Hong Kong’s retail spending has been softening and a negative impact is being felt in the leasing market of related properties.
Retail spending in Hong Kong continued to fall in March, dropping 1.3 percent year on year, after a 2.2 percent decline in February. While the anti-corruption campaign on the mainland heated up, the sale of luxury goods in Hong Kong fell 8.9 percent in March.
Slowing sales and rising costs (in rents and headcount) have reduced the productivity, profits and rental affordability of retailers, real estate service provider Savills said in a report. Demand has also transferred from high rent payers like the super-luxury watch segment to the pharmaceutical trade and mid-market cosmetics and apparel retailers, which has affected overall rental affordability in the market.
Overall, prime street shop rents in the traditional shopping districts fell by 0.6 percent over the fourth quarter of 2013. The fall was bigger in Central (3.1 percent) and Causeway Bay (2.2 percent), due to higher vacancies. Mong Kok, a popular mid-market location, was the exception, with rental growth of 1.8 percent.
The gap in rental expectations has resulted in vacancies in second- and third-tier streets, as well as some first-tier locations.
Slowing take-up, early surrenders and increasing vacancy in the street shop segment are starting to test landlords’ patience and financial strength. More landlords are now willing to renew leases with existing tenants or extend leases rather than seek higher rents from new tenants.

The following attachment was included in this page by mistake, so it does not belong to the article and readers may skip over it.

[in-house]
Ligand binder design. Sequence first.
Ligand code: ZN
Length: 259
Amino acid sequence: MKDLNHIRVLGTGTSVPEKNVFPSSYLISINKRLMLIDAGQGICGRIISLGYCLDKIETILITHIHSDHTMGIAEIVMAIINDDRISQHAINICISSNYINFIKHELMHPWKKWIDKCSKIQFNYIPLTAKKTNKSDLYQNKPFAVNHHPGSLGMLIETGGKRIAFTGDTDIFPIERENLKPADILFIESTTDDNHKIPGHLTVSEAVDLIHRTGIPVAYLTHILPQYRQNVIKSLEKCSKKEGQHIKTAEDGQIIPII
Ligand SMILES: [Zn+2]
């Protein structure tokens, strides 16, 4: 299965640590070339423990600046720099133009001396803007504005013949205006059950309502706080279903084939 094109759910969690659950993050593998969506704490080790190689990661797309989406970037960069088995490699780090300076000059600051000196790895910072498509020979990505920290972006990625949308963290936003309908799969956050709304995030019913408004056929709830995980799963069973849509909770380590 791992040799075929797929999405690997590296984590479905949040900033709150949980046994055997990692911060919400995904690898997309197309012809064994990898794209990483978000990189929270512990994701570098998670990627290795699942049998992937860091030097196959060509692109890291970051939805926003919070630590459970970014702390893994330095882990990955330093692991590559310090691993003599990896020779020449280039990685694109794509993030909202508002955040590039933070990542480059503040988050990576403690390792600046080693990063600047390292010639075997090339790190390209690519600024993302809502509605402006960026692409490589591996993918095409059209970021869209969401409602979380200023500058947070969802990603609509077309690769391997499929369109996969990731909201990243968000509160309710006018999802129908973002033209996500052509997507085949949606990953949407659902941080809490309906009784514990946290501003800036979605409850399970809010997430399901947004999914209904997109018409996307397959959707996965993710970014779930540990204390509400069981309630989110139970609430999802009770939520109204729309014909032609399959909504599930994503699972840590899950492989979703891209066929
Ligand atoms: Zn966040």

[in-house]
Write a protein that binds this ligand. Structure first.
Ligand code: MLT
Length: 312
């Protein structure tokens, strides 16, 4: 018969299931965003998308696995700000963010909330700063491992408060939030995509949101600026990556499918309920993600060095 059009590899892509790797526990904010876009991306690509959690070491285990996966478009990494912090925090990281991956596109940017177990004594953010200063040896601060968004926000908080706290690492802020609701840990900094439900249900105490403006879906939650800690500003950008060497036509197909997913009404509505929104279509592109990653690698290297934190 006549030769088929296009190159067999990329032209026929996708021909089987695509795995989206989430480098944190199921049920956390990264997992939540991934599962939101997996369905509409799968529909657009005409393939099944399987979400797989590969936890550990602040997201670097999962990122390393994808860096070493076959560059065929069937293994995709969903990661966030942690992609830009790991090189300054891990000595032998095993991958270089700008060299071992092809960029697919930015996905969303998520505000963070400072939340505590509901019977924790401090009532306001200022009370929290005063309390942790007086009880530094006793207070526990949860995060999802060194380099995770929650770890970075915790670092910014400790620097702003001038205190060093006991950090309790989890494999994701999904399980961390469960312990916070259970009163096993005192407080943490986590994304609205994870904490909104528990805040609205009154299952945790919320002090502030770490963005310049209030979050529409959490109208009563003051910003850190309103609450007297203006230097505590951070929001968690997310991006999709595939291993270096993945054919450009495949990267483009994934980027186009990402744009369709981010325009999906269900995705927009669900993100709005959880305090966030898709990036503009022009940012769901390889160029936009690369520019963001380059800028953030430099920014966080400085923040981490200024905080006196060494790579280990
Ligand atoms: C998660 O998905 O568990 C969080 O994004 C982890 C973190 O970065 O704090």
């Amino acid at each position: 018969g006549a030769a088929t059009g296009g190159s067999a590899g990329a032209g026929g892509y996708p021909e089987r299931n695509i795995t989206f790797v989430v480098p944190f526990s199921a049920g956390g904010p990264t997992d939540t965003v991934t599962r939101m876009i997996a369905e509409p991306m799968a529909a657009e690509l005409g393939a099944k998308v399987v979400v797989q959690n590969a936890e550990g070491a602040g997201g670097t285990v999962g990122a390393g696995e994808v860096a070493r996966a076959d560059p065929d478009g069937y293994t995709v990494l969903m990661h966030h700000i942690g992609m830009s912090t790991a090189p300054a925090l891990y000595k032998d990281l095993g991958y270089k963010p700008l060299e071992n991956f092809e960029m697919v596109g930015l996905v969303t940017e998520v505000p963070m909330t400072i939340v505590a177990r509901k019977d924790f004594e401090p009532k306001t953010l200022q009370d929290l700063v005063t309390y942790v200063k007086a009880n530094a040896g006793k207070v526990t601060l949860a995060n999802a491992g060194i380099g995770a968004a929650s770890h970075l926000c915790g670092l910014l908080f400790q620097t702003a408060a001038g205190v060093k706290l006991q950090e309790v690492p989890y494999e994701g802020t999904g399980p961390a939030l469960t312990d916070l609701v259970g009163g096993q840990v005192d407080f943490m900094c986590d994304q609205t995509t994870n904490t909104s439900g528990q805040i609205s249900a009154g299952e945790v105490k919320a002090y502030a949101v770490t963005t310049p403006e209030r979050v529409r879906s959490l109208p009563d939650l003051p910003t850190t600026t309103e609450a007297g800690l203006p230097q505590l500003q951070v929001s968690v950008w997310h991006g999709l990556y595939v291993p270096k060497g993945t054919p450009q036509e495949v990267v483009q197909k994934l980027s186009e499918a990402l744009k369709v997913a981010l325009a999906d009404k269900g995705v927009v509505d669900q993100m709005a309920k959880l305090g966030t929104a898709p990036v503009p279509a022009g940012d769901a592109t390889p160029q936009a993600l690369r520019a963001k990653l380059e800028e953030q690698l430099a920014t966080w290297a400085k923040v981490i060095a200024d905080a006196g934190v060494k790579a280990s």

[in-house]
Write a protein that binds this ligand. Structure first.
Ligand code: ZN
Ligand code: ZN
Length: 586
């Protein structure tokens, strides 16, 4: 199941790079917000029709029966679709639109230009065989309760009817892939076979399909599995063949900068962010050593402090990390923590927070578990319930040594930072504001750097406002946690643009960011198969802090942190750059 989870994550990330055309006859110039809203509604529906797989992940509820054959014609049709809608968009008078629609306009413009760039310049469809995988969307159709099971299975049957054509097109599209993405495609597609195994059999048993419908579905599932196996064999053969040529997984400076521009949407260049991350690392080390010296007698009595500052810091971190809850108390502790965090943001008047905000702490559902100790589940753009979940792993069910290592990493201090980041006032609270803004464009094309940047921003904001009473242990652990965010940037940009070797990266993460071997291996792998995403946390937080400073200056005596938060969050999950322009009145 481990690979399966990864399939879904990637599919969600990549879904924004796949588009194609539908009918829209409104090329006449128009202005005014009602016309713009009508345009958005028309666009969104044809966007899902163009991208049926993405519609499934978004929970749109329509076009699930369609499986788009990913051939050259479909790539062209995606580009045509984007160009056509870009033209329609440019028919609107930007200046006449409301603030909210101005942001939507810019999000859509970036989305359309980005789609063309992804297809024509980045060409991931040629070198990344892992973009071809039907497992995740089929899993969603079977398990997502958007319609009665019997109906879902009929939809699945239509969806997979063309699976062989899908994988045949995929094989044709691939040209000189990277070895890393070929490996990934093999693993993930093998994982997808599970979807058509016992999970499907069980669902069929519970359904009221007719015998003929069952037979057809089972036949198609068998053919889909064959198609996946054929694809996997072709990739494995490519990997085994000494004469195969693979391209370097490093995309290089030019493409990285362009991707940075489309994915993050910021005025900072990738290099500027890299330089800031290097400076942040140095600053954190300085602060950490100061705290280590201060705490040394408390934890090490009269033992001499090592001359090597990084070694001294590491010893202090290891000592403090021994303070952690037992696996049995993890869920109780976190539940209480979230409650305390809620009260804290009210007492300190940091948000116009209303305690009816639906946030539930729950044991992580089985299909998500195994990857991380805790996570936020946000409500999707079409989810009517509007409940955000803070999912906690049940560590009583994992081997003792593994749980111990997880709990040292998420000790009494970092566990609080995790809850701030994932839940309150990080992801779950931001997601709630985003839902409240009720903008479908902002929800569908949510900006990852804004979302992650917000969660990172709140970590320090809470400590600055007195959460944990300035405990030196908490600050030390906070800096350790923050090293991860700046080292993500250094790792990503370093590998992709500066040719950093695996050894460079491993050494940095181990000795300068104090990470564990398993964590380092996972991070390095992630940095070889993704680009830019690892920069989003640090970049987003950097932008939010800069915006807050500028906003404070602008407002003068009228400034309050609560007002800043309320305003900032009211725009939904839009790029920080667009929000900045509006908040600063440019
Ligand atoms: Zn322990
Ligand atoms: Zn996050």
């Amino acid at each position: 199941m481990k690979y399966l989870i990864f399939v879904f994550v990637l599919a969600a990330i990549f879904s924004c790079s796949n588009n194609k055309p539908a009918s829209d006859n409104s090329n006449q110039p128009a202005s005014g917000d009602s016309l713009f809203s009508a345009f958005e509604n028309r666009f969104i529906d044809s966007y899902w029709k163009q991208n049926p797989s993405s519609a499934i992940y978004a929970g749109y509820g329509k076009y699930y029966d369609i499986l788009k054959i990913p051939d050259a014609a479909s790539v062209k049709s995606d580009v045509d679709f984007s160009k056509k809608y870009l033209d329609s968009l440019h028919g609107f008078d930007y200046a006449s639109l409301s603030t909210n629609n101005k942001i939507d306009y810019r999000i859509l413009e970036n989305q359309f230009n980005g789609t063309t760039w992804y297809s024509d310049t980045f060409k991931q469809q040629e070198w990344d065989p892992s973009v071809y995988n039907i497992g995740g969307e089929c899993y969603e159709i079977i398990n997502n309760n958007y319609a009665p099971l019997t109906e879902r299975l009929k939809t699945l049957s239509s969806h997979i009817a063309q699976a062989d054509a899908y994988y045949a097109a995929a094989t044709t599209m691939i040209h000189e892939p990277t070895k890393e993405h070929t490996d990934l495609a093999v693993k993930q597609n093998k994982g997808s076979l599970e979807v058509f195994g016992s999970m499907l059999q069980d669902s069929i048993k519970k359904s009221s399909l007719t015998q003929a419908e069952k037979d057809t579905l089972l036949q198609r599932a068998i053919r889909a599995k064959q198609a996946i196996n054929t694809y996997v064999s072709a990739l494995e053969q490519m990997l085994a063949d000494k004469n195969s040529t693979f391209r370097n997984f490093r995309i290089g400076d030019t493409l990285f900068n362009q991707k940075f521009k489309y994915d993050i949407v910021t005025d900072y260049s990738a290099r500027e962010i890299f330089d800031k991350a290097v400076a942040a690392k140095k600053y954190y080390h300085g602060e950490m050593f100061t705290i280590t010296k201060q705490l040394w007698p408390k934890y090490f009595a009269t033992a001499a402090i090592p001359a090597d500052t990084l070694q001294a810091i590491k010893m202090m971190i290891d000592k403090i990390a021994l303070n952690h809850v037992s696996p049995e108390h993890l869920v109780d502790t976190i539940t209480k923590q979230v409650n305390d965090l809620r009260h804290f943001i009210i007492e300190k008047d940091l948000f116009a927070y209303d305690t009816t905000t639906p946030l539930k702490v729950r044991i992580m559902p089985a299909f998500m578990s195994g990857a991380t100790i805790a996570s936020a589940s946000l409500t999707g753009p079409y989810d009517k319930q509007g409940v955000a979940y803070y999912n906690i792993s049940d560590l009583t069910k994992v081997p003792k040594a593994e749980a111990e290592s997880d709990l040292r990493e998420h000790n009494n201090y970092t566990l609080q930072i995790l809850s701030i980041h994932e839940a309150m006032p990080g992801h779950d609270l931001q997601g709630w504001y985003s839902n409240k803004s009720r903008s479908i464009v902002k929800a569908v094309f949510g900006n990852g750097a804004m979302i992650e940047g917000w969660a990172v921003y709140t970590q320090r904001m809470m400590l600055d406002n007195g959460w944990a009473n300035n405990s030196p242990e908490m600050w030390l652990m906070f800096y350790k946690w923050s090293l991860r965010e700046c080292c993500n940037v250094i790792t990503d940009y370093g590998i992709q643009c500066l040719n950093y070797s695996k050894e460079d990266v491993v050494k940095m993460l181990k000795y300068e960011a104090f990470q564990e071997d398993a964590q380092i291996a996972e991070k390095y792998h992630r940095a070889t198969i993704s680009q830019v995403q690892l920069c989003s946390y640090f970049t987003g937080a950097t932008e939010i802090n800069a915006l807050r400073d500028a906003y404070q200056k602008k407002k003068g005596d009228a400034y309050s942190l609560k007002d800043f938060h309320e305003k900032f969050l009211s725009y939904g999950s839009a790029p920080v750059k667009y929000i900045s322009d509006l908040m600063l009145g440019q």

Savills is concerned about the homogenization of Hong Kong’s tourism industry, which might adversely affect the retail market. Mainland tourists represented 75 percent of all tourist arrivals in 2013. No other city is that dependent on mainland travellers. In Singapore, for example, mainlanders represented 14 percent of visitors in 2012. In New York, this segment was fewer than 5 percent, Paris around 2 percent, and London only 1 percent.
On the positive front, Savills noticed strong leasing interest from mid-tier international retailers, some of them newcomers, with small to medium space requirements, who prefer shopping centres and favour professional management and better trade mixes.
“While high-street rents are beginning to soften, we can expect further rises in shopping malls this year,” research and consultancy head Simon Smith said.
Savills projects that street shop rents will continue to drift down for the rest of this year. But, growth in rents in the shopping center segment could be sustained, with some headroom at a number of popular malls.
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